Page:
'There’s buy-in to it' - GAA president has 'no doubt' Tailteann Cup will be a success

Larry McCarthy defended aspects of the competition’s structure.

The 15 players that attended yesterday's Tailteann Cup launch in Croke Park.
The 15 players that attended yesterday's Tailteann Cup launch in Croke Park.
Image: Piaras Ó Mídheach/SPORTSFILE

GAA PRESIDENT LARRY McCarthy has “no doubt” the Tailteann Cup will be a success as he defended some aspects of the structure of this year’s competition.

Speaking at the official Tailteann Cup launch in Croke Park yesterday, McCarthy explained the decision to regionalise the first three rounds into northern and southern sections.

He also confirmed that an All-Star team will be selected at the end of the season, with the semi-finals and final being aired live on RTÉ and played in Croke Park. 

“We’ve had the tiered approach in hurling for years,” McCarthy said. “And now we’re going to try it in football. And I’ve no doubt it will be as successful.

“There’s buy-in to it. Some of the people, some of the managers have been quite enthusiastic about it. And it’s an opportunity as well for them to develop players, in high summer.”

He promised the GAA would treat it “every bit as seriously as the Sam Maguire competition.”

While recognising there’s “an argument” that an open draw would better serve the competition, McCarthy said: “But there’s also an argument of reigniting local rivalries. And so as a result of the draw, you now have Down and Cavan. You have Wexford and Offaly coming back to have a second tilt at each other.

“Repeat pairings, yeah, but there’s an excitement in it. The alternative might be, for instance and I’ll take Waterford again as an example, might have to travel to Sligo. Would that excite anybody?

larry-mccarthy GAA president Larry McCarthy. Source: Tom Maher/INPHO

“It would be a novelty factor. But our strategy would be looking at local rivalries first of all, and then if we have to go to the broader spectrum of games, taking out the divide, we might do that.”

Cost was also a consideration, he stated. “A cost factor for spectators. And cost factor for the teams, in terms of travelling and county boards. That was the second element of it.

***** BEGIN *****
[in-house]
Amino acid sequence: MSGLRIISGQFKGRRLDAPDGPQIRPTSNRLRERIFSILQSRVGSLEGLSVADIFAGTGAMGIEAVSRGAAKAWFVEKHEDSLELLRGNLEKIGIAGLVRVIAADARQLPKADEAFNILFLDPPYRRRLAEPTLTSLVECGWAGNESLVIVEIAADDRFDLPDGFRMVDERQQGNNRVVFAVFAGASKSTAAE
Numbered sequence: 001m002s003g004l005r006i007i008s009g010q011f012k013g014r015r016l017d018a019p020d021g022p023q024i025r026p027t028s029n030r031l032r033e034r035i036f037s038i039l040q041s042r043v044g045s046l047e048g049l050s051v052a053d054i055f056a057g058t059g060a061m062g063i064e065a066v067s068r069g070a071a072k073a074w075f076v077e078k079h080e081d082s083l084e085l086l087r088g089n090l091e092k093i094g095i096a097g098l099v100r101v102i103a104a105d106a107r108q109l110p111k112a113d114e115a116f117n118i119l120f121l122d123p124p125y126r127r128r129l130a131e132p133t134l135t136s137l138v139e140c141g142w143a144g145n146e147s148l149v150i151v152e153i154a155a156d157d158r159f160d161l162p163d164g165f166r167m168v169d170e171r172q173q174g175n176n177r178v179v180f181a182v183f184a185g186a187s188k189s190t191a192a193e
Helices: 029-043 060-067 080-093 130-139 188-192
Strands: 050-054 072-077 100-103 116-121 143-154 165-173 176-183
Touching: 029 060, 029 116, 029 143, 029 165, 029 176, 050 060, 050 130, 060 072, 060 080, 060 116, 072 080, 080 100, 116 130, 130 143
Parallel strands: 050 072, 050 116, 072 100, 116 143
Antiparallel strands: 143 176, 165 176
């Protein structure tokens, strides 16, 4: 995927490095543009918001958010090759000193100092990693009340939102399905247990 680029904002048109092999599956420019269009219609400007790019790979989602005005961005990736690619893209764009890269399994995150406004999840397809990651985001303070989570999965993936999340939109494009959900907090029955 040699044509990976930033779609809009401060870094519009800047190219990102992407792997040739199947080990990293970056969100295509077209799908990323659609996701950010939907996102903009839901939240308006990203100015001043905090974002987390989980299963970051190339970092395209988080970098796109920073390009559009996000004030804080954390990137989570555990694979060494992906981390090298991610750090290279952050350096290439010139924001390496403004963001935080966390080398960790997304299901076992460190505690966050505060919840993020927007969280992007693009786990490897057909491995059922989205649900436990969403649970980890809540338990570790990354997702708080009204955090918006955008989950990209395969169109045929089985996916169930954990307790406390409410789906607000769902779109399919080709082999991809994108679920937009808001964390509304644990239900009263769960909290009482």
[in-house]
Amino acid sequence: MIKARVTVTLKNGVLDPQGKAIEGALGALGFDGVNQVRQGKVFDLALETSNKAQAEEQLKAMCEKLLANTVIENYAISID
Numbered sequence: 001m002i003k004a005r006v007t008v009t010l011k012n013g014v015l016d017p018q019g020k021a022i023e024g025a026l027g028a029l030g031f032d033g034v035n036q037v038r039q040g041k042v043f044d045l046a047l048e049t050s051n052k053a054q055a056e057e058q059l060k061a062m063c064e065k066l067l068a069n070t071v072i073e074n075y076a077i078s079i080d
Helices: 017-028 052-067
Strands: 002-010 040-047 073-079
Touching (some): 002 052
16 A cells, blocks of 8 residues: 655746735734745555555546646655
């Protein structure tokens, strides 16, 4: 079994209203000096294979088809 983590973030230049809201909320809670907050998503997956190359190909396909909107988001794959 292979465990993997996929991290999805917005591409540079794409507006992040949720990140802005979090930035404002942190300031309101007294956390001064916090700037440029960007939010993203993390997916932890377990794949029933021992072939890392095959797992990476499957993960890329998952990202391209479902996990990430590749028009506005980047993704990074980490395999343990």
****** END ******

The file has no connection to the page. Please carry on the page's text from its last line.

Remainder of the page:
“I think the local rivalries…because if you look at the provinces, that’s what excites people. Cork and Waterford (in hurling) yesterday, it was a local rivalry.”

McCarthy said there were a couple of reasons for not playing the Tailteann Cup final prior to the All-Ireland. 

“It would have kept a lot of clubs out of action for an extra two weeks. The two teams that get into the final, and arguably the semi-finals as well, because you’d have to bring them forward.

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“But also, putting something up against the All-Ireland final, it’s not going to get the spotlight it deserves perhaps. Given that this is the first year, it’s a new competition, we wanted it to be a standalone as much as possible. The two All-Ireland finals are like the Super Bowl. They drown everything, don’t they?”

The decision to give New York a bye into the quarter-final also drew criticism. 

“That’s logistics,” replied McCarthy. “They wouldn’t have been able to travel, play a match, if they won, come back the following week. They have to be given the two-week break, so that was it. It was purely logistics.” 

The tournament’s first ever draw was made yesterday.

The southern preliminary round kicks off this weekend with the first round taking place on 28/29 May, followed by the quarter-finals (4/5 June), semi-finals (19 June) and final (9 July).

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Kevin O'Brien

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